Before the Supreme Court upheld the Affordable Care Act, the principal GOP lines of attack against the law were hyperbolic, but subjective: government takeover of health care, unconstitutional overreach, etc.
From the moment the Court determined the law stands as an exercise of Congress' taxing power, though, Republicans have gone empirical. They now say that if the mandate is a tax, then it's one of the greatest tax hikes in history.
In the wake of the decision, Rush Limbaugh said, "what we now have is the biggest tax increase in the history of the world."
But when you compare the projected revenue effect of the individual mandate to the actual revenue effects of other, actually large tax increases, the claim becomes laughable.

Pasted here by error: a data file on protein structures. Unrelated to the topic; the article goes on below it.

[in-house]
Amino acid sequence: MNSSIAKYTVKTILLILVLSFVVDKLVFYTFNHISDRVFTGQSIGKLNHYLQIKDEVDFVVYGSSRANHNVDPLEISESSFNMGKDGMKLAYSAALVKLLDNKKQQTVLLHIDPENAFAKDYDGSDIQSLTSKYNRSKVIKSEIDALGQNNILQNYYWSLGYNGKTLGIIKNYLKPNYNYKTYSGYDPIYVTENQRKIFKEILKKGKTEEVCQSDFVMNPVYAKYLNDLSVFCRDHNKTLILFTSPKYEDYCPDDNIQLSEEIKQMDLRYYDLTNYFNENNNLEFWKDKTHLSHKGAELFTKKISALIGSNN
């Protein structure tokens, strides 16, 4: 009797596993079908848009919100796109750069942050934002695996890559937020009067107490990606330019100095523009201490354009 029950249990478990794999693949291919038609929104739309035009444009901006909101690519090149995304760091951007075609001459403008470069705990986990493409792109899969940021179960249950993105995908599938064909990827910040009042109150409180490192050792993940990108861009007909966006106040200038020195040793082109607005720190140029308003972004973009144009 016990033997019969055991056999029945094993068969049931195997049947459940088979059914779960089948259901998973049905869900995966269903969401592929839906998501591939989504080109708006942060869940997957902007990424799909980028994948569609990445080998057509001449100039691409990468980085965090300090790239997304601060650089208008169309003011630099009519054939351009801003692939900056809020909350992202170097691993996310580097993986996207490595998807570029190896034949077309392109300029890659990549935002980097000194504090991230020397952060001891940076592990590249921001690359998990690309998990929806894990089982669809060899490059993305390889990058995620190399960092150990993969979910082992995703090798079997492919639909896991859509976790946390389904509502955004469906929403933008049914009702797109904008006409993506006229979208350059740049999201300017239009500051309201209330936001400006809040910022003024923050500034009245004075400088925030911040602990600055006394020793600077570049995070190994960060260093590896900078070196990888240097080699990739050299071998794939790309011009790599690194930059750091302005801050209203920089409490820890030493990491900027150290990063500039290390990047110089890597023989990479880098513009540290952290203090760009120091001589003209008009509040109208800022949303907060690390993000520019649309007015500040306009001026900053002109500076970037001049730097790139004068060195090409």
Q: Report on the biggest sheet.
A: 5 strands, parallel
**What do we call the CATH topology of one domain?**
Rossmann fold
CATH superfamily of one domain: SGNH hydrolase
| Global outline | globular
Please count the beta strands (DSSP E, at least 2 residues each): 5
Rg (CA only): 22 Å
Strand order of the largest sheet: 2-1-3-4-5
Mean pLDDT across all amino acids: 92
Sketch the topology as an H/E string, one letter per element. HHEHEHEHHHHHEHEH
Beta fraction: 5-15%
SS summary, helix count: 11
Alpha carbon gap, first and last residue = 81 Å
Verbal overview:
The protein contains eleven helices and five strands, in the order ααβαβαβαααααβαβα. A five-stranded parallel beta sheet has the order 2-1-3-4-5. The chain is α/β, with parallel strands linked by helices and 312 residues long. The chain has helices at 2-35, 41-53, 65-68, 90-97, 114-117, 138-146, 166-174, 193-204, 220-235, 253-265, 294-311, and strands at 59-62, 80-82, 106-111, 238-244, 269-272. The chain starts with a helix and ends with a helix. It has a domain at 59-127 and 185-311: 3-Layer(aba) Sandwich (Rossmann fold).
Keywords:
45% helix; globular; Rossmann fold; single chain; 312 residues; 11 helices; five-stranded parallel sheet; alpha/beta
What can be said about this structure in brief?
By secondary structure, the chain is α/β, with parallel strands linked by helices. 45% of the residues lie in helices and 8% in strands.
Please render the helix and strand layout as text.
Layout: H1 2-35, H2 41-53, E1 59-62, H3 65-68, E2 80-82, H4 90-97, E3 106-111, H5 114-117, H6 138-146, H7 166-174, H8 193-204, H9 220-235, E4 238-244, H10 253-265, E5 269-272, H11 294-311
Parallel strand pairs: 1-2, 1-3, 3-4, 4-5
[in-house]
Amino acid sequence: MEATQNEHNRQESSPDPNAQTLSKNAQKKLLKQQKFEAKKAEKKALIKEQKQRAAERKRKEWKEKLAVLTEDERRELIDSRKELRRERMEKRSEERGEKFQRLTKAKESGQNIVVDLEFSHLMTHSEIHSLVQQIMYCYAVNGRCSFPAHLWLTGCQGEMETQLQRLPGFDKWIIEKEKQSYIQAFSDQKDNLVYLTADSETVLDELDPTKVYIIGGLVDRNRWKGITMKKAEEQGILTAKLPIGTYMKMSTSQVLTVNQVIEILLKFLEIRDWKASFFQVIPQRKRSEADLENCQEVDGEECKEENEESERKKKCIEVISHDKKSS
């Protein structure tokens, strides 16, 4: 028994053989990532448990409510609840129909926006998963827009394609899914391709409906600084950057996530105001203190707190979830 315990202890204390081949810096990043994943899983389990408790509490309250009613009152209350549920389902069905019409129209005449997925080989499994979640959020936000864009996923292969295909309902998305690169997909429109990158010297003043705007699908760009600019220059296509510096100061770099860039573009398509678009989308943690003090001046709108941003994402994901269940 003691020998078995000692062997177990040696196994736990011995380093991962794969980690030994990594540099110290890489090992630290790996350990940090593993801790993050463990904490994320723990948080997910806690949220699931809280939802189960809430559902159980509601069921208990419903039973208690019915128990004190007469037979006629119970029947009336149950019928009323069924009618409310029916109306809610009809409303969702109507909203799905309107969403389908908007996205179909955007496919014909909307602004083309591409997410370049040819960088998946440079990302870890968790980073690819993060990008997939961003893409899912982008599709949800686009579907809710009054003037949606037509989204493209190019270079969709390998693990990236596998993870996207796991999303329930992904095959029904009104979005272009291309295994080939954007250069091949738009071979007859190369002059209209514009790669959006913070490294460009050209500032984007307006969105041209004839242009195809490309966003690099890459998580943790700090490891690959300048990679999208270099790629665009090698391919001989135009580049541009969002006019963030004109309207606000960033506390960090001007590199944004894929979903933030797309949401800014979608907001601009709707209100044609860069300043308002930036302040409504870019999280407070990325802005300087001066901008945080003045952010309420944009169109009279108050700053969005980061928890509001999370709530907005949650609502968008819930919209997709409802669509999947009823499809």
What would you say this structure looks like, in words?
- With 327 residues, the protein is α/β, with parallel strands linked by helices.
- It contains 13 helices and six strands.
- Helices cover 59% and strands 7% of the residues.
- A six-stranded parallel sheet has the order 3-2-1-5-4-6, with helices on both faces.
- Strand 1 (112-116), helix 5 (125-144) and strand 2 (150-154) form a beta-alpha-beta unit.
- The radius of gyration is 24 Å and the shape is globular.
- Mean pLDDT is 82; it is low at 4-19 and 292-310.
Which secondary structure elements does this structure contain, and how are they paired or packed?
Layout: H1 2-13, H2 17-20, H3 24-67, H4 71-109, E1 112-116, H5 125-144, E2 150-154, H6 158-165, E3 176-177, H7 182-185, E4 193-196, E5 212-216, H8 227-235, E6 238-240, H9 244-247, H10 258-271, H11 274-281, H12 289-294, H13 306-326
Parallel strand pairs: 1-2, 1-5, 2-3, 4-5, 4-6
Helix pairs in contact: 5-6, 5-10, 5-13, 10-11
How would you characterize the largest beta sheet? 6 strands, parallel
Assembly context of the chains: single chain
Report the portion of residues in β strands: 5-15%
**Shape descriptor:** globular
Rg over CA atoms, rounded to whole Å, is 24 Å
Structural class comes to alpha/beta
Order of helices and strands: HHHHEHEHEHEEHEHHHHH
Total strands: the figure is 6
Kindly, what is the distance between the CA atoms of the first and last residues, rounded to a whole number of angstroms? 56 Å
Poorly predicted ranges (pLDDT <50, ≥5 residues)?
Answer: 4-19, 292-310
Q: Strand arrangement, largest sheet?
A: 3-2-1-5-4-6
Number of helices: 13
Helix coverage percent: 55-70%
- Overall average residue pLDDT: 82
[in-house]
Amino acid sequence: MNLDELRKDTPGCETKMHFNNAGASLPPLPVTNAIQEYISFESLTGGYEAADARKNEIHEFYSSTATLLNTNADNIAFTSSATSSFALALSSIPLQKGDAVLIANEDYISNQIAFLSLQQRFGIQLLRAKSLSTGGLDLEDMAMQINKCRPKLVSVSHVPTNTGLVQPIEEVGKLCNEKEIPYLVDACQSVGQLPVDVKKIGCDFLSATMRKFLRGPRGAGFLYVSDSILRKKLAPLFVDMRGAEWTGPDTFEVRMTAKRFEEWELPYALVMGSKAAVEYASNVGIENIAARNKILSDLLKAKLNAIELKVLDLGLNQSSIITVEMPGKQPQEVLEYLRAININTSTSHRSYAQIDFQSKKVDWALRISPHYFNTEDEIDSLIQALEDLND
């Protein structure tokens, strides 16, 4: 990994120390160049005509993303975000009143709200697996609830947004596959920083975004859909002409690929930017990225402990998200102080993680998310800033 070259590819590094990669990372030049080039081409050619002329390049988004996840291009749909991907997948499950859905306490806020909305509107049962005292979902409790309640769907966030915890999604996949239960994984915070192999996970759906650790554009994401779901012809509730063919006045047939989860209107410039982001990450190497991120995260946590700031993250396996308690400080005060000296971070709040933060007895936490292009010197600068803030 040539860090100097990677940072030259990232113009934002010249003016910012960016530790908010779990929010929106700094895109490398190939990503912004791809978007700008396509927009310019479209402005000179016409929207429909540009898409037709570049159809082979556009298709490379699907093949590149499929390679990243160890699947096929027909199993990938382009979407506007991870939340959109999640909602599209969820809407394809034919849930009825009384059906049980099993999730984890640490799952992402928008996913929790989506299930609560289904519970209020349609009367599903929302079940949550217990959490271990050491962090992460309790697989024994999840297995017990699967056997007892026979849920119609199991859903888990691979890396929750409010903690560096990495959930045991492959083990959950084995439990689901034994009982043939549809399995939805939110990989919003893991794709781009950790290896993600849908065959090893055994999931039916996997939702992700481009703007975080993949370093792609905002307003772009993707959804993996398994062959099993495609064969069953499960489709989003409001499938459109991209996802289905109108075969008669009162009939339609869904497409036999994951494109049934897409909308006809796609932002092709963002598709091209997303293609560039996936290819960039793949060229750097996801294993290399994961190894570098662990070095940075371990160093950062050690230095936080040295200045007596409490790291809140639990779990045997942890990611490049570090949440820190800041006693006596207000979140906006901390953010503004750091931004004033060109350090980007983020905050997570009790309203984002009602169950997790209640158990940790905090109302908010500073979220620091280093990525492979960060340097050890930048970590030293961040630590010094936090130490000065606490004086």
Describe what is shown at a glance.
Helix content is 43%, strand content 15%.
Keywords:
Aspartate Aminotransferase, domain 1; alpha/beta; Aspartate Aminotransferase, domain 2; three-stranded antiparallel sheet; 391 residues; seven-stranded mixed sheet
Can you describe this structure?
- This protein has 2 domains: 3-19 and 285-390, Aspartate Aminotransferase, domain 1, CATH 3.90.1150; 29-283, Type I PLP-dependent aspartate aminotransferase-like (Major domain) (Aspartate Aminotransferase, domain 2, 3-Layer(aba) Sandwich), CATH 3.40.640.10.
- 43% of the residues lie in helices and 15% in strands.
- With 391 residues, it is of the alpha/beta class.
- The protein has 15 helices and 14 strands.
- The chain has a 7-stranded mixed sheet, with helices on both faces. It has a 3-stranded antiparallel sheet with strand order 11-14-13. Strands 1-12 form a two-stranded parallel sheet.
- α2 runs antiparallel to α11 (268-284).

We used the Treasury Department's four-year data on the revenue effects of large tax increases signed by Ronald Reagan, George H.W. Bush and Bill Clinton; along with CBO projections of the revenue effect of the mandate adjusted for its GDP projections during the mandate's first four years.
The mandate is tiny by comparison. Not, as Scott Walker warned, a "massive tax increase on the people of Wisconsin and America."
As others have noted, even if you include the sum total of all the revenue-raising provisions in the ACA -- and there are many taxes in it -- it's still smaller than the Reagan, Bush and Clinton tax increases.